Site: www.marketwired.com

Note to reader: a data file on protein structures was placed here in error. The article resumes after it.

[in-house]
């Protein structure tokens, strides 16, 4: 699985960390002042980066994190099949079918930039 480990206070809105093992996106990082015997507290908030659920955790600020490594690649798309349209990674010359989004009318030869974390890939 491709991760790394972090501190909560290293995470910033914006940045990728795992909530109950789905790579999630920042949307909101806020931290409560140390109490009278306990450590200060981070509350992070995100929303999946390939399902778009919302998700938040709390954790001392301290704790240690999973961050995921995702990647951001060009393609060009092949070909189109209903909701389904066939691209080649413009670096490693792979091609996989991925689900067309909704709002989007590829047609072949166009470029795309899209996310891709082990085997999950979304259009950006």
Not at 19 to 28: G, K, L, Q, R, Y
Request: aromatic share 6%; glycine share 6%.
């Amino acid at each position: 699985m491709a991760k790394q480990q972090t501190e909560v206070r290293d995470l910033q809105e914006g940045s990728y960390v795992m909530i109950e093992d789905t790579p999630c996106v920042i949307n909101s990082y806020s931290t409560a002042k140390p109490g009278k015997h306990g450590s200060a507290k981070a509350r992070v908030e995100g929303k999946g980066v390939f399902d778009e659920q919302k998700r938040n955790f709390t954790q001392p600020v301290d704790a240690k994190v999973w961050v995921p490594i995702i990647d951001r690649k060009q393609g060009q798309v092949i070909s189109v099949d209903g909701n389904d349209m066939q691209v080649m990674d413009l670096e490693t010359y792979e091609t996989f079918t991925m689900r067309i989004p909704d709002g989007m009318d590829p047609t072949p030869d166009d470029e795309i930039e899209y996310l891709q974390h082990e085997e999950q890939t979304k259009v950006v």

SAN JOSE, CA--(Marketwired - Feb 23, 2017) - California Water Service Group ( : CWT) today announced net income of $48.7 million and diluted earnings per share of $1.01 for 2016, compared to net income of $45.0 million and earnings per share of $0.94 in 2015. The $3.7 million increase in net income was primarily a result of a $2.8 million net resolution of several regulatory memorandum and balancing accounts in the California Water Service Company (Cal Water) 2015 General Rate Case (GRC) settlement agreement, a $1.9 million increase from the recovery of prior years' incremental drought program costs, a resolution of litigation proceeds in the GRC settlement agreement, and a $1.7 million increase in estimated unbilled revenue in 2016. These increases were partially offset by increases in other operations expense, which included a GRC settlement agreement to write-off $3.2 million associated with a cancelled water supply project in Bakersfield which was recognized in the third quarter, increases in depreciation and amortization, maintenance, property tax, employee wage, and net interest expenses. "Although 2016 was one of the more challenging years in the Company's recent history, we achieved many successes," said President and Chief Executive Officer Martin A. Kropelnicki. "The Company's key accomplishments included partnering with customers to achieve significant water savings during the California drought; responding effectively to the Erskine fire in Kern River Valley; investing a record $228.9 million to improve and upgrade critical water system infrastructure; increasing the dividend by three percent, which was our 49th consecutive annual increase; and being ranked highest in overall satisfaction among water utilities in the western United States in J.D. Powers' inaugural water utility residential customer satisfaction survey. "We ended 2016 with the CPUC's timely approval of our 2015 General Rate Case. The parties involved worked diligently in drafting a fair and reasonable settlement. The authorizations in the GRC, including $658.8 million of capital investment over three years, ensure we can continue improving the quality of life for customers and communities we serve," he said. Additional Financial Results for 2016 Total revenue increased 3.6% to $609.4 million in 2016 compared to $588.4 million in 2015, primarily due to rate increases to offset increases in purchased water quantities and wholesale water rates. Total operating expenses increased $16.0 million, or 3.1%, to $533.2 million in 2016 compared to the prior year. Water production expenses increased $12.1 million, or 5.8 %, to $220.0 million in 2016, primarily due to increases in purchased water quantities and higher wholesale water rates. As designed, the California revenue decoupling mechanisms record an increase to revenue equal to the increase in California water production costs. Administrative & general and other operations expenses decreased slightly to $178.6 million in 2016, primarily due to decreases in employee benefit costs, incremental drought program expenses, and a decrease in uninsured loss costs. These cost decreases were partially offset by an increase in costs associated with the realization of operating revenue that was deferred in prior years, a third-quarter write-off of $3.2 million of capital costs, increases in conservation program costs, and employee wages. Changes in employee pension benefits, employee and retiree medical costs, and water conservation program costs for regulated California operations generally do not affect earnings, as the Company is allowed by the CPUC to record these costs in balancing accounts for future recovery, creating a corresponding change to revenue. Incremental California drought program operating expenses were approximately $4.3 million in 2016, the same as in 2015. These expenses were included in administrative & general, other operations, and maintenance expenses. Further, all incremental drought costs are recorded in a CPUC authorized memorandum account that is recoverable after CPUC reasonableness review and approval. Maintenance expenses increased $1.5 million, or 7.1%, to $23.0 million in 2016, due to increased costs for repairs of reservoirs, tanks, and services. Income taxes increased $0.3 million, or 1.1%, to $24.8 million in 2016, due primarily to an increase in net operating income, which was partially offset by an increase in the tax benefit from the flow through method of accounting for "repairs" deductions on the Company's state income tax filings. The estimated effective tax rate for 2016 is 35.5%. Other income, net of income taxes, increased $1.9 million in 2016, due primarily to the recognition of $1.5 million of litigation proceeds approved in the Cal Water 2015 GRC settlement agreement and an unrealized gain on our benefit plan insurance investments. Fourth Quarter 2016 Results For the fourth quarter of 2016, net income increased $6.6 million, or 78.0%, to $15.1 million, and diluted earnings per share increased $0.13, or 72.2%, to $0.31 per diluted share compared to the fourth quarter of 2015. The increase in net income was due primarily to increases from the resolution of several regulatory memorandum and balancing accounts in the Cal Water 2015 GRC settlement agreement, CPUC authorization to recover prior year incremental drought program costs, and an increase in other income in 2016. These increases were partially offset by increases in other operations, depreciation and amortization, property tax, and net interest expenses. Revenue for the fourth quarter increased $12.5 million, or 9.0%, to $150.9 million mostly due to rate increases and changes to various balancing accounts, which were authorized in the California GRC decision. Total operating expenses for the quarter increased $6.1 million, or 5.0%, to $129.6 million. Water production expenses increased $1.9 million mostly due to increases in purchased water quantities and wholesale water rates. Administrative & general and other operations expenses increased $1.7 million, or 3.8%, to $45.8 million due to an increase in costs associated with the realization of operating revenue that was deferred in prior years, and increases in conservation program costs, which were partially offset by decreases in employee benefit costs and incremental drought program expenses. Maintenance expense decreased $0.3 million, or 4.8%, to $5.5 million. Other income, net of income taxes, increased $0.7 million, or 74.2%, to $1.6 million mostly due to the recognition of $1.5 million of litigation proceeds. Net interest expense increased $0.4 million, or 6.0%, to $7.9 million. The under-collected net receivable balance in the WRAM and MCBA mechanism was $36.6 million as of December 31, 2016, a decrease of 8.5%, or $3.4 million, from the balance of $40.0 million as of December 31, 2015. Regulatory Update On December 15, 2016, the CPUC voted to approve Cal Water's 2015 GRC settlement agreement. The approved decision, which was proposed by the presiding Administrative Law Judge in November 2016, authorizes Cal Water to increase gross revenue by approximately $45.0 million in 2017, $17.2 million in 2018, and $16.3 million in 2019, and up to $30.0 million upon completion and approval of the Company's advice letter projects. The 2018 and 2019 revenue increases are subject to the CPUC's earning test protocol. The CPUC's decision also authorizes Cal Water to invest $658.8 million in water system improvements throughout California over the three-year period of 2016-2018 in order to continue to provide safe and reliable water to its customers. This figure includes $197.3 million of water system infrastructure improvements that will be subject to the CPUC's advice letter procedure. Other Information All stockholders and interested investors are invited to listen to the 2016 year-end and fourth quarter conference call on February 23, 2017 at 8:00 a.m. PST (11:00 a.m. EST) by dialing 1-888-806-6208 or 1-913-312-1516 and keying in ID #7406571. A replay of the call will be available from 11:00 a.m. PST (2:00 p.m. EST) on February 23, 2017 through April 23, 2017, at 1-888-203-1112 or 1-719-457-0820, ID #7406571. The replay will also be available under the investor relations tab at www.calwatergroup.com. Prior to the call, Cal Water will post a slide presentation on its website. The presentation can be found at www.calwatergroup.com/docs/2016q4slides.pdf after 6:00 a.m. PDT. The call will be hosted by President and Chief Executive Officer Martin A. Kropelnicki, Vice President and Chief Financial Officer Thomas F. Smegal III, and Vice President of Regulatory Matters Paul G. Townsley. California Water Service Group is the parent company of California Water Service, Washington Water Service, New Mexico Water Service, Hawaii Water Service, CWS Utility Services, and HWS Utility Services. Together, these companies provide regulated and non-regulated water service to nearly 2 million people in California, Washington, New Mexico, and Hawaii. California Water Service was ranked "Highest in Customer Satisfaction Among Water Utilities in the West" in 2016 by J.D. Power in its inaugural Water Utility Residential Customer Satisfaction Study. California Water Service Group's common stock trades on the New York Stock Exchange under the symbol "CWT." Additional information is available online at www.calwatergroup.com. This news release contains forward-looking statements within the meaning established by the Private Securities Litigation Reform Act of 1995 ("Act"). The forward-looking statements are intended to qualify under provisions of the federal securities laws for "safe harbor" treatment established by the Act. Forward-looking statements are based on currently available information, expectations, estimates, assumptions and projections, and management's judgment about the Company, the water utility industry and general economic conditions. Such words as would, expects, intends, plans, believes, estimates, assumes, anticipates, projects, predicts, forecasts or variations of such words or similar expressions are intended to identify forward-looking statements. The forward-looking statements are not guarantees of future performance. They are subject to uncertainty and changes in circumstances. Actual results may vary materially from what is contained in a forward-looking statement. Factors that may cause a result different than expected or anticipated include, but are not limited to: governmental and regulatory commissions' decisions; consequences of eminent domain actions relating to our water systems; changes in regulatory commissions' policies and procedures; the timeliness of regulatory commissions' actions concerning rate relief; inability to renew leases to operate city water systems on beneficial terms; changes in California State Water Resources Control Board water quality standards; changes in environmental compliance and water quality requirements; electric power interruptions; changes in customer water use patterns and the effects of conservation; the impact of weather and climate on water availability, water sales and operating results; the unknown impact of contagious diseases, such as Zika, avian flu, H1N1 flu and severe acute respiratory syndrome, on the Company's operations; civil disturbances or terrorist threats or acts, or apprehension about the possible future occurrences of acts of this type; labor relations matters as we negotiate with the unions; restrictive covenants in or changes to the credit ratings on our current or future debt that could increase our financing costs or affect our ability to borrow, make payments on debt or pay dividends; and, other risks and unforeseen events. When considering forward-looking statements, you should keep in mind the cautionary statements included in this paragraph, as well as the annual 10-K, Quarterly 10-Q, and other reports filed from time-to-time with the Securities and Exchange Commission (SEC). The Company assumes no obligation to provide public updates of forward-looking statements.